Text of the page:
Many business owners struggle with whether to sell their business or hold on a bit longer. Their trepidation is rooted in their uncertainty over which option yields the most rewarding outcome. We often see this level of doubt creep in with business owners who have a letter of intent in their hands from a prospective buyer.
The final numbers, as outlined in the offer, get the business owner thinking: if the purchase price is 4x earnings before interest, tax, depreciation and amortization (EBITDA) it would take just a few years to put that same amount of money back into my own pocket, and I would still have a company to sell.
This train of thought will lead the business owner to believe that their company would then be worth even more in a few years than it is now … so why not delay selling?
Clearly this is not always the case. Sure, the value of a company can increase over time; but the inverse is just as true. Perhaps more importantly, it is unlikely that the owner will be able to put the same amount of money into his or her pocket over just a handful of years that they would have made from a sale.
More realistically, the owner would have to hold onto the company for a decade, or longer, to reap the same benefits of selling the business.
That length of time is not necessarily possible for some owners (depending on age, health, etc.) and likely not ideal for many others.
The owner in this scenario is failing to consider certain elements when assuming they will come out on top by holding onto the company a few years longer:
- You must subtract the cost of capital expenditures and interest paid
- You must also subtract all federal, state, and local income taxes
- EBITDA is not free clash flow to the shareholder
- EBITDA must be adjusted for any changes made in working capital
EBITDA and a company’s value – more than meets the eye
One of the issues at hand here are two misconceptions about EBITDA:
- That knowing the EBITDA, along with a common multiple, will offer the company’s value
- That EBITDA is money that the owner can take home
Both of these misconceptions are incorrect, and can lead owners to make poor decisions when it comes time to sell.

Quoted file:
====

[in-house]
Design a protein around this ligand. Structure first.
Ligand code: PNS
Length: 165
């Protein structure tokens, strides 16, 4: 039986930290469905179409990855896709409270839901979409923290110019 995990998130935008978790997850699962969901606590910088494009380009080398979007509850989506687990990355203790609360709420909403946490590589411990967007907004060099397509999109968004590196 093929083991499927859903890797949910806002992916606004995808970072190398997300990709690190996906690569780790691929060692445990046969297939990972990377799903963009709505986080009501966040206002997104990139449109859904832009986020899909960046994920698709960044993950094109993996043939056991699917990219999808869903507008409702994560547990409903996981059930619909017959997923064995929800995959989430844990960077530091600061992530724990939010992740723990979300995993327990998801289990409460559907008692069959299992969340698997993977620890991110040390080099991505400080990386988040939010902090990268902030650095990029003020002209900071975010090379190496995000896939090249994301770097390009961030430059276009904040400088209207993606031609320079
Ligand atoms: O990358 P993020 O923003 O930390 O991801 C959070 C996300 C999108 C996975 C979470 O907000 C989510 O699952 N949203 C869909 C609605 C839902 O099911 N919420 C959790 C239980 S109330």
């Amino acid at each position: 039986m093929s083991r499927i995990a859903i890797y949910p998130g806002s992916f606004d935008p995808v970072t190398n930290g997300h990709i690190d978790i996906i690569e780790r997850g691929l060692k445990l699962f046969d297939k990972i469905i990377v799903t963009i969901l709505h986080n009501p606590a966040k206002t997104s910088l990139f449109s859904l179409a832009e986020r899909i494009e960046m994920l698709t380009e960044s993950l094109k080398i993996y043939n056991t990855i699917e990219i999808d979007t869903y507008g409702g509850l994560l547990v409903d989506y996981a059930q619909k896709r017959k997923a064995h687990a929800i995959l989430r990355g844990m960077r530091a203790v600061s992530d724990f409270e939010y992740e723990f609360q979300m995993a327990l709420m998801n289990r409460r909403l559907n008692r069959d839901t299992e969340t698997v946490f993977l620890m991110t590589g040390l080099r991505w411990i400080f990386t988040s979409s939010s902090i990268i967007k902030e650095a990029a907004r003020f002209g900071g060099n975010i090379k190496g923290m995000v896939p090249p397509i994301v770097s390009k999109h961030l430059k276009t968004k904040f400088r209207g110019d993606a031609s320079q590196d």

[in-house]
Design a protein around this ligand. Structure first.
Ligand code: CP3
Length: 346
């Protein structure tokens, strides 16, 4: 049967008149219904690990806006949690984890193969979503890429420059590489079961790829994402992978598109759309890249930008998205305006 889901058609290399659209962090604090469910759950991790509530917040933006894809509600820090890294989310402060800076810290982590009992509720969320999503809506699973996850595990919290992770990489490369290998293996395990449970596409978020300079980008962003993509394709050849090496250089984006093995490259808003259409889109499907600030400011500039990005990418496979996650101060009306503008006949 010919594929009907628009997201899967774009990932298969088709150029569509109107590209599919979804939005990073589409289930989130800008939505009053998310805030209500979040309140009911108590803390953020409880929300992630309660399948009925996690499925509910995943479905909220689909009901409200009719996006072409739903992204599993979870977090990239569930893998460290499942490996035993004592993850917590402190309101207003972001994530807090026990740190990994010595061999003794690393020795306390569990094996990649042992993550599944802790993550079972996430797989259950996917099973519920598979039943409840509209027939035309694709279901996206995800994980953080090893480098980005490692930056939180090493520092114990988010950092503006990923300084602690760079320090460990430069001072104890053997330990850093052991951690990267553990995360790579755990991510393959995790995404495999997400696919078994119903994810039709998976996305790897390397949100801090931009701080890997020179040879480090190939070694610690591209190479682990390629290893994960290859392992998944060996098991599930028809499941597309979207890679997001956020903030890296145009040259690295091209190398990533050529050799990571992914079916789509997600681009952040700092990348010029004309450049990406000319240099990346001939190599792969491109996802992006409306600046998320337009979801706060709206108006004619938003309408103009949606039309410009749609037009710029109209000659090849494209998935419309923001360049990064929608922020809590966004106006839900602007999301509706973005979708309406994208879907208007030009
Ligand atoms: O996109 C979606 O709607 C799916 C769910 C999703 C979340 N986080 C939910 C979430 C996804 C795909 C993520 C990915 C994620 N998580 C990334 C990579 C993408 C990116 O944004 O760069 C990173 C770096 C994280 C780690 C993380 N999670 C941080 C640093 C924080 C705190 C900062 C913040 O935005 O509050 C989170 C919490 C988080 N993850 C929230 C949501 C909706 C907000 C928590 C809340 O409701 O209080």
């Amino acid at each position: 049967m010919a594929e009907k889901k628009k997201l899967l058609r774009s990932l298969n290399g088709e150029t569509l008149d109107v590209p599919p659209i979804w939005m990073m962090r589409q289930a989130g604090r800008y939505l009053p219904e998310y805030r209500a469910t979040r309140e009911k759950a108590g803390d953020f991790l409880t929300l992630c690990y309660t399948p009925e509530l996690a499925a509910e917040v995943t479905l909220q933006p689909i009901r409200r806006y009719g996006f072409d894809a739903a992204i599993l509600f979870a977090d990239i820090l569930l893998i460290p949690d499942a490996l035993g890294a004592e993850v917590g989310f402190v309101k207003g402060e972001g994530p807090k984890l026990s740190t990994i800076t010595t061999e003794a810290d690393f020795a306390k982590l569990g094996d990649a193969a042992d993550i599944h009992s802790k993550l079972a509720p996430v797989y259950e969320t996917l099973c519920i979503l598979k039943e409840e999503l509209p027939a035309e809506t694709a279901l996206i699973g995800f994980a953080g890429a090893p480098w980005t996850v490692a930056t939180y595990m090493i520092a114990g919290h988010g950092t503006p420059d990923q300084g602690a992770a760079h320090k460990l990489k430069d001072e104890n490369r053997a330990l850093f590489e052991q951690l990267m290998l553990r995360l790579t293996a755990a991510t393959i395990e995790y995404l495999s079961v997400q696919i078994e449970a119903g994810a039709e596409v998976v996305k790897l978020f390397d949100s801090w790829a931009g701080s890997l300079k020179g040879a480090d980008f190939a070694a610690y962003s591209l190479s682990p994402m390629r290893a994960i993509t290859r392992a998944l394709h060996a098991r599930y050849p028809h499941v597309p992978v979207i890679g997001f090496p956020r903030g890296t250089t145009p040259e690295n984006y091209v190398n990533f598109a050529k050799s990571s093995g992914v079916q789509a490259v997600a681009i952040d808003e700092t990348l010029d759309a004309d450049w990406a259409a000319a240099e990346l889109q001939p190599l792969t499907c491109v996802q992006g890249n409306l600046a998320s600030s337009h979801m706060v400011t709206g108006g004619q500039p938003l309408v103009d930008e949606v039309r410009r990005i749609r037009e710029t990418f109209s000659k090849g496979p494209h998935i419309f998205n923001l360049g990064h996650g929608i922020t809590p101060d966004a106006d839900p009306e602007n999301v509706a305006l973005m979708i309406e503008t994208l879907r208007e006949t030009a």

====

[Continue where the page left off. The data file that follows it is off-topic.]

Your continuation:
What really is at play here is FCFF (Free Cash Flow to the Firm) and FCFE (Free Cash Flow to Equity). FCFF is the true determining factor in valuation and FCFE is the benefit the owner gains.
By determining both FCFF and FCFE, a business owner will have a clearer picture of how long it would take to generate the same numbers as a sale would produce. More often than not, the length of time it would take to generate that same number is longer than the owner would have assumed.
But the story does not end there. The money the business owner acquired from the sale is not going to just sit around untouched. Chances are the owner will invest it, meaning that money can generate yearly returns for the owner in the same manner as their business generated returns. It is quite possible, in fact, that these investments will yield higher returns (certainly if the owner is willing to venture into higher risk investments).
When you factor in the amount of returns that could be earned from the money acquired after the sale, it becomes clear that it would take a lot longer than a few years to make up the difference of what could have been earned from a sale.
The argument against ‘I still have a company to sell’
One of the arguments used to delay a sale is that, if an owner holds on for just a few more years to put more money in their pocket, they would still have a company to sell.
There is no question that this is true; however, if the proceeds of the sale were converted into an investment, the owner would still have an investment to sell. In other words, arguing that it is not worth selling because there is some type of asset to play with later on is moot, seeing as an alternative investment (made from the sale of a company) can easily fill the role of that asset.
Not only that, but selling off part, or all, of an investment is a far easier feat to accomplish than selling a company. Often times, the sale of an investment can be done in a day, versus up to a year (or more) for a company.
When is it a good time to hold on?
Deciding to hold onto your company is a decision worth making if you have a concrete and realistic plan to grow your business specifically to increase the benefit of business ownership over alternative investments.
If no such plan is in place, the owner should strongly consider both the risk and reward of selling now, and using that money toward more liquid investments.